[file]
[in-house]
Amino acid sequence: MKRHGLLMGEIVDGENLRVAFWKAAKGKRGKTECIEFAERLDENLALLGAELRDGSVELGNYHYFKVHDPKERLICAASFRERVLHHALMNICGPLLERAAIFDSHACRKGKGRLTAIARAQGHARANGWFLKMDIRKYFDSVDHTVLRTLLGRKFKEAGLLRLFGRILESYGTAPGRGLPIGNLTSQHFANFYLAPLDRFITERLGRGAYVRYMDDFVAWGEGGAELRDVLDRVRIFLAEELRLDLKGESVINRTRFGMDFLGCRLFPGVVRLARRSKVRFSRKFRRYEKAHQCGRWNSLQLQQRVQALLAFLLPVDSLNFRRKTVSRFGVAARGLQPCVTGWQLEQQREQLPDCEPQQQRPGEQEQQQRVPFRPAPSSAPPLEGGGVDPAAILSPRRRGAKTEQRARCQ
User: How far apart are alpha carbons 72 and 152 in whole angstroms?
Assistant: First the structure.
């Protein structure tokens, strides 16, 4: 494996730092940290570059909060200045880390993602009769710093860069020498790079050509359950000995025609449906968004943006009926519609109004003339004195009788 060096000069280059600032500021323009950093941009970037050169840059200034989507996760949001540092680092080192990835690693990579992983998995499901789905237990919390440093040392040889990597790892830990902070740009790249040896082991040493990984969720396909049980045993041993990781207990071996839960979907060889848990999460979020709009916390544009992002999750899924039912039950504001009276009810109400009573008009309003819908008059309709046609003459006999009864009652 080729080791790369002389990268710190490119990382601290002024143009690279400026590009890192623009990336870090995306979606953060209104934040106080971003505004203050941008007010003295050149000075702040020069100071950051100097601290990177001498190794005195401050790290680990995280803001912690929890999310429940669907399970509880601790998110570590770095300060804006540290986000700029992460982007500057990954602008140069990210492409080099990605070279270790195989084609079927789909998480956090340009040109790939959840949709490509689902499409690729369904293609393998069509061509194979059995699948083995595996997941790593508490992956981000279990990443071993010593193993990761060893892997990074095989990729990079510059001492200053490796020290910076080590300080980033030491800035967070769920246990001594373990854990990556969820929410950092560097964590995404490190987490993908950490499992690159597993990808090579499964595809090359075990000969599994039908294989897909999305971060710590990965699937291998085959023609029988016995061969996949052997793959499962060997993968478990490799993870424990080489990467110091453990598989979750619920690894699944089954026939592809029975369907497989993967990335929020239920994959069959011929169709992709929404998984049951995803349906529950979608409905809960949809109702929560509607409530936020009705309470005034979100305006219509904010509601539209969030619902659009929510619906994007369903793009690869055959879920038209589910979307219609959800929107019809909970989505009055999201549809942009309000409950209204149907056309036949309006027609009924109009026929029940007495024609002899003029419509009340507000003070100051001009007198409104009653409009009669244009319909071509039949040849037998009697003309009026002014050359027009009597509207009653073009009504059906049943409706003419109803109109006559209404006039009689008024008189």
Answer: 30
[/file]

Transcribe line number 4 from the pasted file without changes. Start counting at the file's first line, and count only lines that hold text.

Assistant: First the structure.